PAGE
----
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The Martian Dichotomy

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					    The Mars Dichotomy
Evidence for Plate Tectonics or Erosion?
Theories of the Dichotomy Formation
   Giant Impact
    • One major collision resurfaced the region.
   Multiple Impacts
    • Several large impacts caused resurfacing.
   Ancient Ocean
    • An ancient ocean existed in the northern
      hemisphere. The ocean eroded away the
      surface erasing the craters observed in the
      southern hemisphere.
   Plate tectonics
   Erosion
    • Out flow channels
                           Impacts
   Wilhems and Squyres
    (1984) suggested a
    single impact hypothesis.
   The geology of the
    northern lowlands
    (Vastitas Borealis) is not
    consistent with a one
    impact hypothesis. (Frey
    et. al., 1986a)
   The lowlands are not
    radial in shape (Smith et.
    al. 1999), and there is no
    evidence of a crater rim.
                  Several Impacts
   The lowland geology
    could have formed
    through several large
    impacts.
   Impact basins on mercury
    and the moon roughly
    follow a the D-
    distribution curves,
   Frey and Schultz (1988)
    concluded that the largest
    impact basins on Mars
    (Fig 2A) roughly follow
    this curve, but the
    proposed Borealis impact
    does not.
   But is the 2A curve really
    a good fit?
              Ocean erosion
   Topographic profiles across the Mars
    dichotomy are not consistent with
    ancient shoreline (Withers and
    Neumann, 2001).
    • Possible shoreline slopes are not
      orientated in the correct direction
   Concluded “shorelines” were most
    likely created by compressive
    tectonic stress.
    • Suggested volcanism and impact
      craters.
     Utopia                Utopia
-Inferred shorelines
                                      North facing
slope down to the                        slopes
North.
-However, the slopes
appear to be impact
related.



      Alba Patera        Note shoreline reversal
-Inferred shorelines
slope down to the         Alba Patera
south.
-This is opposite of
                                        South facing
the expected slope                        slopes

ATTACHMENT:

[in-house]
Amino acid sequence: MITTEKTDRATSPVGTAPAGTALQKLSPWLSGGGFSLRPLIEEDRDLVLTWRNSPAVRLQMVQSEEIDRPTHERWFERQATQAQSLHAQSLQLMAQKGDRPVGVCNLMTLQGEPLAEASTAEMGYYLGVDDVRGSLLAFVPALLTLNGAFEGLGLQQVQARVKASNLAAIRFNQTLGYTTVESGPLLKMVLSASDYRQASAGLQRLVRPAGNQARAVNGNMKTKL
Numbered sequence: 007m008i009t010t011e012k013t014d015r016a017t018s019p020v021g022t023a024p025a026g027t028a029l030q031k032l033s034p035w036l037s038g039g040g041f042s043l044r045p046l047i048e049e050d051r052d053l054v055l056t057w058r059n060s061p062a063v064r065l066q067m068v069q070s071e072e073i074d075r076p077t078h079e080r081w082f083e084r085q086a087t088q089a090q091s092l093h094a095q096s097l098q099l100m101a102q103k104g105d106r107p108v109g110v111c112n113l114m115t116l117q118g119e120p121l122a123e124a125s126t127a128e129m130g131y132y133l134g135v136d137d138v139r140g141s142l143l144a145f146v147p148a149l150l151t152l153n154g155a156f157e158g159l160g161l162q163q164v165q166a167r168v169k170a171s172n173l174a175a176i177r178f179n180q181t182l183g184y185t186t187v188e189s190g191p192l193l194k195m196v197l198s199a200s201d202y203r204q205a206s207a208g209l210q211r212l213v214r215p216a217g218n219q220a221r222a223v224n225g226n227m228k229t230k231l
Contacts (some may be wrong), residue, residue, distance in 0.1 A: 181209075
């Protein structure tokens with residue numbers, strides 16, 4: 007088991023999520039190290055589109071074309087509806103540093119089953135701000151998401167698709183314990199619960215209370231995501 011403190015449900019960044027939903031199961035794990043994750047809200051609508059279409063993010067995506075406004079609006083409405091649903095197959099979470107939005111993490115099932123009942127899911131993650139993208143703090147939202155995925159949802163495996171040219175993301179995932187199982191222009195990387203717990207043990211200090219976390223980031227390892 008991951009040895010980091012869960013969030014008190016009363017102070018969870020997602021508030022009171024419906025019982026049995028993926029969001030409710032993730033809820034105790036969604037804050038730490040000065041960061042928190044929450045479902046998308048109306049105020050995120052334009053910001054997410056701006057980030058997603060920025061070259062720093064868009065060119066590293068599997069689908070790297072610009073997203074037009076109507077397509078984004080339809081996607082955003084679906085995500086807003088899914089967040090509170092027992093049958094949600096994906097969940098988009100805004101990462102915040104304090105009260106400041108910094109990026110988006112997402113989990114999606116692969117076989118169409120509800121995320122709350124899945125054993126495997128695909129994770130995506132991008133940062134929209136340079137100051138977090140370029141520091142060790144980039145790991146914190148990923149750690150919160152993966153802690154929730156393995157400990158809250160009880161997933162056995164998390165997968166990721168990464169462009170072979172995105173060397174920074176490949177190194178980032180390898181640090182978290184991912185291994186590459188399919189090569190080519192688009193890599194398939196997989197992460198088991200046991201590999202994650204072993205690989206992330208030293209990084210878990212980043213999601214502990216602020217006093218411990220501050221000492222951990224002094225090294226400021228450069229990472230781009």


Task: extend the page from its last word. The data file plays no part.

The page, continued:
direction, if formed
by an ocean shore.
-Slopes are most
likely due to volcanic
compression.
                                               (Withers and Neumann, 2001)
                 Plate Tectonics
   The differences between the Northern and
    Southern hemisphere's can be interpreted using
    analogs to earth’s plate tectonics.
    • Crustal thickness, volcanoes, and contraction features.
   “Sea floor spreading” continuously forms new
    crust at rift margins.
    • New crust will be smother and thinner then old crust.
   Subduction destroys the new crust, which
    provides the “fuel” for volcanic activity.
    • Tharsis?
   Convergence will produce contraction features
    along the “plate boundary”
                Contraction Features
   Watters (1993) mapped contraction features on the surface
    of Mars.
    • Wrinkle ridges, lobate scarps, and high relief ridges.
   Wrinkle ridges are regularly spaced landforms generally
    caused by thrust faulting and/or folding.
    • Wrinkle ridges accounted for 80% of the mapped contraction
      features.
   Watters found that contractional features are generally
    parallel to the dichotomy boundary in the eastern
    hemisphere.
    • Suggests the influence of regional stresses related to
      dichotomy formation.
   Whereas the pattern in the western hemisphere reflects the
    Tharsis volcanic province.
   The geometry of the inferred stress was analyzed by fitting
    great circles to each mapped segment, and plotting them
    on a Schmidt net to create a Beta diagram (an equal area
    stereonet projection). (Watters, 1993)
               West                           East




Above: Beta Diagram showing the
concentration of great circle intersections
to inferred maximum principle stress
direction.
-Note the general E-W trend of the
 contraction features.
-Two clusters dominate at Tharsis
 and Hesperia Planum.
                          (Watters, 1993)            Wrinkle Ridges
             Mars Tectonics
   The northern hemisphere of Mars
    was formed during “sea floor
    spreading” along a ridge axis that
    broke away from Terra Cimmeria.
    • Terra Cimmeria then acted as a passive
      margin.
   Subduction initiated along Arabia
    Terra and the eastern edge of the
    Tharsis volcanic province.
                                   (Sleep, 1994)
Plate motion ceases when the rift margin is subducted.
Plates and Margins
1                                 2




-Yellow outline shows the plate   -The singular plate breaks into 2
margin at the time of the break   plates, possibly due to subduction
up.                               angle and different plate velocities.


                                                           (Sleep, 1994)